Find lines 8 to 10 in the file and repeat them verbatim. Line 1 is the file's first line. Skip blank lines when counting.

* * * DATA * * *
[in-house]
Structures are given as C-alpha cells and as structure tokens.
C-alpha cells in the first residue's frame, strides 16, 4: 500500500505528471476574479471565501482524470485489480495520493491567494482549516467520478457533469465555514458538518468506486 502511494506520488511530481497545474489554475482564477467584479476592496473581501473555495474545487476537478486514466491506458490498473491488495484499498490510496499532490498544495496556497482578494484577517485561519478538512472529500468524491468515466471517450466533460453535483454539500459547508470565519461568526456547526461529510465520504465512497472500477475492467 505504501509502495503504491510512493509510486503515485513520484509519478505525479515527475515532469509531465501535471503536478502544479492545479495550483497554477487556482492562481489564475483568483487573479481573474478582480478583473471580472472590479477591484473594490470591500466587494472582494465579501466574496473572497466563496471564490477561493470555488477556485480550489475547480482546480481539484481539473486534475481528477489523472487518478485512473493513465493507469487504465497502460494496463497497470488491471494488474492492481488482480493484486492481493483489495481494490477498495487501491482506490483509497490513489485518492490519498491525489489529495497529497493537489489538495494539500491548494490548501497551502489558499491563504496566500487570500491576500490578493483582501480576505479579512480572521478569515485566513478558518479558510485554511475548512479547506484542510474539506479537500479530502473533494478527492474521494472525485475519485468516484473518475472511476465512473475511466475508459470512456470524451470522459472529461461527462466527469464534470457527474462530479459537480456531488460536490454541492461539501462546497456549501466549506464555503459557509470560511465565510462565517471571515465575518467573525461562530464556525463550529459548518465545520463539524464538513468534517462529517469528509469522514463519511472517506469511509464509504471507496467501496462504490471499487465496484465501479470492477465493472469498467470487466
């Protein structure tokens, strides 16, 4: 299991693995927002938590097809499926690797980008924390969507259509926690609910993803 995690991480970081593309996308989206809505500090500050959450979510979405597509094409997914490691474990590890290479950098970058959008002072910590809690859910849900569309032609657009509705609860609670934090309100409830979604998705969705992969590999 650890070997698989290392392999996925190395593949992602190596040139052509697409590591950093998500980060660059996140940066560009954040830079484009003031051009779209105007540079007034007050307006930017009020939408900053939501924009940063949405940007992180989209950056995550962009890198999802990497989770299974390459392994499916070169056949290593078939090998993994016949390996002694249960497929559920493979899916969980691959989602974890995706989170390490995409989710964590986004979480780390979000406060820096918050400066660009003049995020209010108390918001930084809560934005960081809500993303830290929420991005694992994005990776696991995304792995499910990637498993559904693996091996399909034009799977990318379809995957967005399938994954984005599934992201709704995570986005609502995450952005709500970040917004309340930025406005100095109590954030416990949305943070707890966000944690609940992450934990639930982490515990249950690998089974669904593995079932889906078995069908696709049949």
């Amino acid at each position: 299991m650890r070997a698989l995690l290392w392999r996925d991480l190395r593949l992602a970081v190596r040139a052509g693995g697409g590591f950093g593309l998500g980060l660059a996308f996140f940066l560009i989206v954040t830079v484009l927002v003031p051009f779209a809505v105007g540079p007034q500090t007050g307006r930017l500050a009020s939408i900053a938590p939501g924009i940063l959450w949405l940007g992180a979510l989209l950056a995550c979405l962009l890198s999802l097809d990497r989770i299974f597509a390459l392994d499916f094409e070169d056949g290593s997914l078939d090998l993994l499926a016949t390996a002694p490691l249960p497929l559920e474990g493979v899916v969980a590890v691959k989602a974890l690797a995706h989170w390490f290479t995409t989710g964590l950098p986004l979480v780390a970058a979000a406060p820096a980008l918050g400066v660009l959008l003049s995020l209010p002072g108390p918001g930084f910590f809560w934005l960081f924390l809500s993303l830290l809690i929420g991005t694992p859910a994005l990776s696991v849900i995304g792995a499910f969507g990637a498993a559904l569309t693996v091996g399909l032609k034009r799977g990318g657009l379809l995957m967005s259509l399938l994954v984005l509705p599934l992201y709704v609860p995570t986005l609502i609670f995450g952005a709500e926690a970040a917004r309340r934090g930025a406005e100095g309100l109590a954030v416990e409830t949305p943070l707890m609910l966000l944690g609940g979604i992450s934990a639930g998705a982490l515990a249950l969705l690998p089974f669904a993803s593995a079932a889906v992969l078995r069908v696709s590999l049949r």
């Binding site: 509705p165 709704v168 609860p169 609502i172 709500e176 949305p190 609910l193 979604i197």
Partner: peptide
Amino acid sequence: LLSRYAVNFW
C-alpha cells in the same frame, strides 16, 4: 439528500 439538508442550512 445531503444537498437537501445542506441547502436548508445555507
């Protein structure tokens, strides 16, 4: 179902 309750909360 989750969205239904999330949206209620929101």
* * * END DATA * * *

Amino acid sequence: LLSRYAVNFW
C-alpha cells in the same frame, strides 16, 4: 439528500 439538508442550512 445531503444537498437537501445542506441547502436548508445555507
């Protein structure tokens, strides 16, 4: 179902 309750909360 989750969205239904999330949206209620929101």